Given that Christie has written 33 novels, two plays, and countless short stories featuring her most popular character, there’s a good chance one of them is set over Christmas: in this one, the mustached Belgian must solve a murder … but this time at Christmas.

Christie turns ‘sleigh bells’ into ‘bells’ with this one (I promise, I took a long time trying to think of a good Christmas murder pun, and a tainted search history more late, that’s what you get. You’re welcome.).

You can purchase the book for $ 9.99 from the US Kindle Store here; in the UK it’s actually free here if you have Kindle Unlimited, or £ 3.99 if you don’t have the service. In both regions, it’s also on Audible.

Sir Gauvain and the Green Knight by anon, translated by various

This classic Arthurian tale received a meh film adaptation this year that strayed far from the source material. The original poem was written in the 14th century, and although scholars still don’t know who the author was, the work has been translated from Old English several times by big names like Simon Armitage, JRR Tolkien, and Jessie. Weston.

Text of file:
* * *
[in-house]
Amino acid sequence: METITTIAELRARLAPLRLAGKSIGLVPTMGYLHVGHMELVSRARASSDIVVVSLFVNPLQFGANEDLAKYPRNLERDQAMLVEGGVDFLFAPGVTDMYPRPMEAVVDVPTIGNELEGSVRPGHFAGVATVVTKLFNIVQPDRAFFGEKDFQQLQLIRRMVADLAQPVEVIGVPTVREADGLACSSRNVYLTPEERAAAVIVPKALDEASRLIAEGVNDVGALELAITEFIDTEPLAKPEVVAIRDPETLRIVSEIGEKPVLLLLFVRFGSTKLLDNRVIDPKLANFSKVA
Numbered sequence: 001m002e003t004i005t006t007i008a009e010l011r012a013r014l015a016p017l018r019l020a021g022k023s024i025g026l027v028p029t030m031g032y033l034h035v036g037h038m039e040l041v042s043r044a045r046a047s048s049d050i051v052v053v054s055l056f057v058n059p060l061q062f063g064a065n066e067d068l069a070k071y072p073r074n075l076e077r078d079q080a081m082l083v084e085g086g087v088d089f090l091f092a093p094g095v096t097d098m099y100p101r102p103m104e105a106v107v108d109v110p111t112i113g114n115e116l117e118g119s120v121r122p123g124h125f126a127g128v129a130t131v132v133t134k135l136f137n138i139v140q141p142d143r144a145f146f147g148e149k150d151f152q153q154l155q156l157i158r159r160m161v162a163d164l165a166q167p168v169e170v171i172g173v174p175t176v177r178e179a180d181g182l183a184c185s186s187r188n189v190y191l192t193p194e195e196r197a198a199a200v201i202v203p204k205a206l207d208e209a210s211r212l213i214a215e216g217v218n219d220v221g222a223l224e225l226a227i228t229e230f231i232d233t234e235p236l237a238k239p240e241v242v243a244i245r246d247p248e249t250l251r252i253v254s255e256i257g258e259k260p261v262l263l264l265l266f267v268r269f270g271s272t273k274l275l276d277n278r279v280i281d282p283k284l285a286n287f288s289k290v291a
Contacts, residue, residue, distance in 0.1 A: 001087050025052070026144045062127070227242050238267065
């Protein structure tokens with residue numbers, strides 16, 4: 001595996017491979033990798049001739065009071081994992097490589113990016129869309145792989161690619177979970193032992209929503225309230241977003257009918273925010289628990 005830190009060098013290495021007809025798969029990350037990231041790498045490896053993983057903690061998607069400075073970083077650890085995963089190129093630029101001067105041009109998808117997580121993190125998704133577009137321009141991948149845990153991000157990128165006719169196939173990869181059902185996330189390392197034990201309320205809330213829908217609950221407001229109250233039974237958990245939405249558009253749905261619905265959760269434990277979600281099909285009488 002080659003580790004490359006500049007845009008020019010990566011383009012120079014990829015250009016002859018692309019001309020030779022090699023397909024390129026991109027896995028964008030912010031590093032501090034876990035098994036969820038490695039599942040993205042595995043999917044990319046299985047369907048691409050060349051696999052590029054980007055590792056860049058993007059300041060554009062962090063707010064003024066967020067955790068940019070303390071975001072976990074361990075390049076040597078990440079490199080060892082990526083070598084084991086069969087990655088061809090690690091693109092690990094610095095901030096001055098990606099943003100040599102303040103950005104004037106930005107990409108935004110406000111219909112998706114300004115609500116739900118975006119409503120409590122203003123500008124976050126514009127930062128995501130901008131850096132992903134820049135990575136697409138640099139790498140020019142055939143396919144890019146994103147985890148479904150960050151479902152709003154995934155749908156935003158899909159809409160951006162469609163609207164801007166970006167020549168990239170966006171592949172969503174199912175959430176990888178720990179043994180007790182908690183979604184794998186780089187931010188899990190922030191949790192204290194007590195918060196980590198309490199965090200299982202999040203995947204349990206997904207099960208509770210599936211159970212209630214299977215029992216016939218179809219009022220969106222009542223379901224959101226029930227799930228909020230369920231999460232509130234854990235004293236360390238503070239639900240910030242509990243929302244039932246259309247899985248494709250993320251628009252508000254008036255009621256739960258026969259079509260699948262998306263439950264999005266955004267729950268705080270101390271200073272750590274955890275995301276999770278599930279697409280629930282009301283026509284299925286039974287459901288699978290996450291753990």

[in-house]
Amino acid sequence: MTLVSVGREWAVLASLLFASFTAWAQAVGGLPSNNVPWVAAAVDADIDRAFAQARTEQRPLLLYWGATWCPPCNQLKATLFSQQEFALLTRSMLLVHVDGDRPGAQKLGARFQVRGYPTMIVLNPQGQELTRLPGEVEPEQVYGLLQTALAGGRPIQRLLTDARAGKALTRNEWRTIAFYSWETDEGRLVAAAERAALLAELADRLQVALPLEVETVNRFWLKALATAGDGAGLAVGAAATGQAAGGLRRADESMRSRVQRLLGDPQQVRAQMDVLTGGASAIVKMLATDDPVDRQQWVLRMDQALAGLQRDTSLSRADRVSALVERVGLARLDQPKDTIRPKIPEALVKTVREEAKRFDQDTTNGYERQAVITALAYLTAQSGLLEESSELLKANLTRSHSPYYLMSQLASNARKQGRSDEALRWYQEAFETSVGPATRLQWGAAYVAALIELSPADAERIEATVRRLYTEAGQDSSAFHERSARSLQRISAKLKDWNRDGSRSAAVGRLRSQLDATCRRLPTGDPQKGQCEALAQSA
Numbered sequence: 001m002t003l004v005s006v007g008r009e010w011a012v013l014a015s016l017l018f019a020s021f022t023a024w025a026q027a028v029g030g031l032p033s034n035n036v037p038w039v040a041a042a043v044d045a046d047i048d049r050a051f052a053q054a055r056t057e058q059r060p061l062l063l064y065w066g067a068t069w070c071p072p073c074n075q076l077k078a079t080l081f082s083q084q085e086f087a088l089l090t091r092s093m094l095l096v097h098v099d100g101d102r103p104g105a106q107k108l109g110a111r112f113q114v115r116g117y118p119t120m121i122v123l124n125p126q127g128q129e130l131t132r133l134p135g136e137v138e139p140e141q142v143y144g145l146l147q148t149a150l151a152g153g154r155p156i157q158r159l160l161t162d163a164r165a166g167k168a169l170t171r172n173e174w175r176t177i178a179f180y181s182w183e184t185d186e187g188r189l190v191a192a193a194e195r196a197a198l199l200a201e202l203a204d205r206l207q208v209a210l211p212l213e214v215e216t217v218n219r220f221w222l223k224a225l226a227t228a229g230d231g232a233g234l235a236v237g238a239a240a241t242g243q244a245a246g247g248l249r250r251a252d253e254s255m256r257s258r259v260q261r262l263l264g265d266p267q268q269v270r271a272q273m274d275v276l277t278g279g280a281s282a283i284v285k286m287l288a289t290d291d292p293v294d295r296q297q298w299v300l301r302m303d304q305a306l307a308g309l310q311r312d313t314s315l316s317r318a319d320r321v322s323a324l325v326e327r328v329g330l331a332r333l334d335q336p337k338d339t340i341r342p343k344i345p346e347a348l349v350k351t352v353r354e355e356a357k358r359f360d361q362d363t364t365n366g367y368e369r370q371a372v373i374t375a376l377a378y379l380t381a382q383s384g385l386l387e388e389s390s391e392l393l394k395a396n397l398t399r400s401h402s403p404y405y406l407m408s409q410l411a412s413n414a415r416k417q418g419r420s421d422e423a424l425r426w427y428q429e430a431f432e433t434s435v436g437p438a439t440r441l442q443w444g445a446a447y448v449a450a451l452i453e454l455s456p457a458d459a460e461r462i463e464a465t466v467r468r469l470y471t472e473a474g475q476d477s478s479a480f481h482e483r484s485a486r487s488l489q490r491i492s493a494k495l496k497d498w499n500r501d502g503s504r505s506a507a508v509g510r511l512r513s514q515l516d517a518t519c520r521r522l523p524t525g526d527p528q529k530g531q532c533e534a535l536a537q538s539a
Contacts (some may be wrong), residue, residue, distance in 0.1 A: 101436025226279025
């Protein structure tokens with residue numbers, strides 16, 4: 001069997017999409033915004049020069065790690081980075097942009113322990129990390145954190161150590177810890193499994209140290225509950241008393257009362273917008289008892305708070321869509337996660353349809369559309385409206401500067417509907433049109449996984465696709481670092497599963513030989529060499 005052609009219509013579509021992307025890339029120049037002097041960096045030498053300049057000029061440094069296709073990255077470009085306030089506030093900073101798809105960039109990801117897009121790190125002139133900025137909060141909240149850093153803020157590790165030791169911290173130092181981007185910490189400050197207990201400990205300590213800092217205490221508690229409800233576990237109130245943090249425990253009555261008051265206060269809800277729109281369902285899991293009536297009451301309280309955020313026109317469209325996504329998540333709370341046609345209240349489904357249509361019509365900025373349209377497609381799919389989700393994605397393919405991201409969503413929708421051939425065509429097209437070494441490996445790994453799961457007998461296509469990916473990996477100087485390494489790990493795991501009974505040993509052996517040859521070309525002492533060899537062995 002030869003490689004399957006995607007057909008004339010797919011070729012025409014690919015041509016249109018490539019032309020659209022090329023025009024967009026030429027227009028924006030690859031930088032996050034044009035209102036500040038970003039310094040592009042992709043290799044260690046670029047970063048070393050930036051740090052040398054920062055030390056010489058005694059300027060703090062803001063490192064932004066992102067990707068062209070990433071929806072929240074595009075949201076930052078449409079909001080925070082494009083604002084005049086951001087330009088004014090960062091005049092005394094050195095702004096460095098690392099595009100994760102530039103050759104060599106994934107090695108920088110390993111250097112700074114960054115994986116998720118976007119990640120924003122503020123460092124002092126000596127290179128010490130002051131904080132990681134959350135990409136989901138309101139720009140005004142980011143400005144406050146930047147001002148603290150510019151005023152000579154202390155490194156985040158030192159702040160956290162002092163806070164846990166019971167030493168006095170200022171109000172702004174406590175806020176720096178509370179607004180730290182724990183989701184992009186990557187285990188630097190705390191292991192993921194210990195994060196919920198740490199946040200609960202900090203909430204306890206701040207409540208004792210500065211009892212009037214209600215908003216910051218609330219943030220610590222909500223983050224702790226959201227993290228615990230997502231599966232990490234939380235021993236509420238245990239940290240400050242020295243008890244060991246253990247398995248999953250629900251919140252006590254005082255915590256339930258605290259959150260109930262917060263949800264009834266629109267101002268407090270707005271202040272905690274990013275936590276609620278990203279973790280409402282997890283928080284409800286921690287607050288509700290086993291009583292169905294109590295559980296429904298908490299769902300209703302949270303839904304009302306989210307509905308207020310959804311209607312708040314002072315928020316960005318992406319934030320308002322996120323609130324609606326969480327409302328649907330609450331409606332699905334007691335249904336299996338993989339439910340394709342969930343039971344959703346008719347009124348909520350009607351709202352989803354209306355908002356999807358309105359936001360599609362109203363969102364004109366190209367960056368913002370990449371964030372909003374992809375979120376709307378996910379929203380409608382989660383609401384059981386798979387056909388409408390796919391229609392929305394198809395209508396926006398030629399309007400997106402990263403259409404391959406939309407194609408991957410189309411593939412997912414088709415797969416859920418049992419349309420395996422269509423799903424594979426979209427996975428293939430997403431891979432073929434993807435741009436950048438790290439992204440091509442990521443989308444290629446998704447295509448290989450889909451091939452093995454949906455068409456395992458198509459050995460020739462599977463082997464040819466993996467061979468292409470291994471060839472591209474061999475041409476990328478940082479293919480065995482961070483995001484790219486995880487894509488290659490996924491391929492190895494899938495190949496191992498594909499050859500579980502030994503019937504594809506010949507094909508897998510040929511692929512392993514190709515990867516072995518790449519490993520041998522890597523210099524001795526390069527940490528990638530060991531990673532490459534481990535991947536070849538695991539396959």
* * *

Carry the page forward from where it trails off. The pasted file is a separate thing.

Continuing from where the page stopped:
The poem – although some translations are presented in prose – tells the story of an overwhelmed knight of the round table, who during a winter feast bit more than he could chew upon accepting a challenge from the titular green knight which implied that he had only one year to live.

As we said, there are many translations out there, and some are not available in various regions, so we recommend that you shop around to find a version that interests you. The versions of Armitage, Tolkien, and Weston are apparently the most popular, and translated by a poet, novelist, and scholar respectively – these three alone are likely to provide alternate interpretations of the same tale.

Visit the US Kindle Store here for different versions ranging from $ 1 to $ 10, and the UK Kindle Store here for versions between £ 5 and £ 10.